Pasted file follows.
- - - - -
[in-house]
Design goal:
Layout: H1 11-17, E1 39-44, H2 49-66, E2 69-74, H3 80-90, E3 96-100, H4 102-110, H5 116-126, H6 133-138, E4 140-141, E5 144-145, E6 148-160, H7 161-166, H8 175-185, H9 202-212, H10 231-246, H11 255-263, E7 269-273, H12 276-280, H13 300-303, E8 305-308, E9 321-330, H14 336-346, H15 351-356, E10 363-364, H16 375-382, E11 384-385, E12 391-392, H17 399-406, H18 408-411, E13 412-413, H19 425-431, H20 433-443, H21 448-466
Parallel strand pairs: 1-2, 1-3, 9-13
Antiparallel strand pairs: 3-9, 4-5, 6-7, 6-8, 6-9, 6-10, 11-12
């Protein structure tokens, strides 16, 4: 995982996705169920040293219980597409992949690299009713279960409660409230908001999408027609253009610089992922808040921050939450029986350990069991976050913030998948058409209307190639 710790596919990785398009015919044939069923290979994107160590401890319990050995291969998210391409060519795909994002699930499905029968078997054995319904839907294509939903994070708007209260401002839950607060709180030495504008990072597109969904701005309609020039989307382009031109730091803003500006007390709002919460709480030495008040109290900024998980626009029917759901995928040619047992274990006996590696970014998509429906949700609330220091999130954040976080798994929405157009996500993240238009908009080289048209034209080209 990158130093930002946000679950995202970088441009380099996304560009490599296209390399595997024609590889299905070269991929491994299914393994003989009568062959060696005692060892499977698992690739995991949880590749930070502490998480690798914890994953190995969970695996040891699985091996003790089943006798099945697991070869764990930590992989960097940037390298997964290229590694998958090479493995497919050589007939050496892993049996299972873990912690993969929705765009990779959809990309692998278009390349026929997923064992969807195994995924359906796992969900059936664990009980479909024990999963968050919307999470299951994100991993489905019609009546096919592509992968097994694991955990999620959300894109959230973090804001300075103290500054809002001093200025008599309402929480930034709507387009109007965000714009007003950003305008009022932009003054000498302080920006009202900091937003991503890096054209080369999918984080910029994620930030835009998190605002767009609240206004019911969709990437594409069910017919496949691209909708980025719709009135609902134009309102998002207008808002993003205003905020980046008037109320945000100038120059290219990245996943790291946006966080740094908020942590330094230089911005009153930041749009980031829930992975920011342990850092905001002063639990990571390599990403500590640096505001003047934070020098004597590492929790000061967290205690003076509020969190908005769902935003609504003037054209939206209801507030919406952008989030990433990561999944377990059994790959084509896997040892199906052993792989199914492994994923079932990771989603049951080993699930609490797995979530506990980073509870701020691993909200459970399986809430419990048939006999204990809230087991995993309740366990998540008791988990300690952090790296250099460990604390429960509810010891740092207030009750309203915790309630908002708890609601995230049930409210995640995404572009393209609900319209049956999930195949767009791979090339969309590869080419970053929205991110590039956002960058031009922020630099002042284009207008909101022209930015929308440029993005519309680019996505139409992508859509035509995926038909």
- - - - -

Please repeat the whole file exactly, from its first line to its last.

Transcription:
[in-house]
Design goal:
Layout: H1 11-17, E1 39-44, H2 49-66, E2 69-74, H3 80-90, E3 96-100, H4 102-110, H5 116-126, H6 133-138, E4 140-141, E5 144-145, E6 148-160, H7 161-166, H8 175-185, H9 202-212, H10 231-246, H11 255-263, E7 269-273, H12 276-280, H13 300-303, E8 305-308, E9 321-330, H14 336-346, H15 351-356, E10 363-364, H16 375-382, E11 384-385, E12 391-392, H17 399-406, H18 408-411, E13 412-413, H19 425-431, H20 433-443, H21 448-466
Parallel strand pairs: 1-2, 1-3, 9-13
Antiparallel strand pairs: 3-9, 4-5, 6-7, 6-8, 6-9, 6-10, 11-12
């Protein structure tokens, strides 16, 4: 995982996705169920040293219980597409992949690299009713279960409660409230908001999408027609253009610089992922808040921050939450029986350990069991976050913030998948058409209307190639 710790596919990785398009015919044939069923290979994107160590401890319990050995291969998210391409060519795909994002699930499905029968078997054995319904839907294509939903994070708007209260401002839950607060709180030495504008990072597109969904701005309609020039989307382009031109730091803003500006007390709002919460709480030495008040109290900024998980626009029917759901995928040619047992274990006996590696970014998509429906949700609330220091999130954040976080798994929405157009996500993240238009908009080289048209034209080209 990158130093930002946000679950995202970088441009380099996304560009490599296209390399595997024609590889299905070269991929491994299914393994003989009568062959060696005692060892499977698992690739995991949880590749930070502490998480690798914890994953190995969970695996040891699985091996003790089943006798099945697991070869764990930590992989960097940037390298997964290229590694998958090479493995497919050589007939050496892993049996299972873990912690993969929705765009990779959809990309692998278009390349026929997923064992969807195994995924359906796992969900059936664990009980479909024990999963968050919307999470299951994100991993489905019609009546096919592509992968097994694991955990999620959300894109959230973090804001300075103290500054809002001093200025008599309402929480930034709507387009109007965000714009007003950003305008009022932009003054000498302080920006009202900091937003991503890096054209080369999918984080910029994620930030835009998190605002767009609240206004019911969709990437594409069910017919496949691209909708980025719709009135609902134009309102998002207008808002993003205003905020980046008037109320945000100038120059290219990245996943790291946006966080740094908020942590330094230089911005009153930041749009980031829930992975920011342990850092905001002063639990990571390599990403500590640096505001003047934070020098004597590492929790000061967290205690003076509020969190908005769902935003609504003037054209939206209801507030919406952008989030990433990561999944377990059994790959084509896997040892199906052993792989199914492994994923079932990771989603049951080993699930609490797995979530506990980073509870701020691993909200459970399986809430419990048939006999204990809230087991995993309740366990998540008791988990300690952090790296250099460990604390429960509810010891740092207030009750309203915790309630908002708890609601995230049930409210995640995404572009393209609900319209049956999930195949767009791979090339969309590869080419970053929205991110590039956002960058031009922020630099002042284009207008909101022209930015929308440029993005519309680019996505139409992508859509035509995926038909």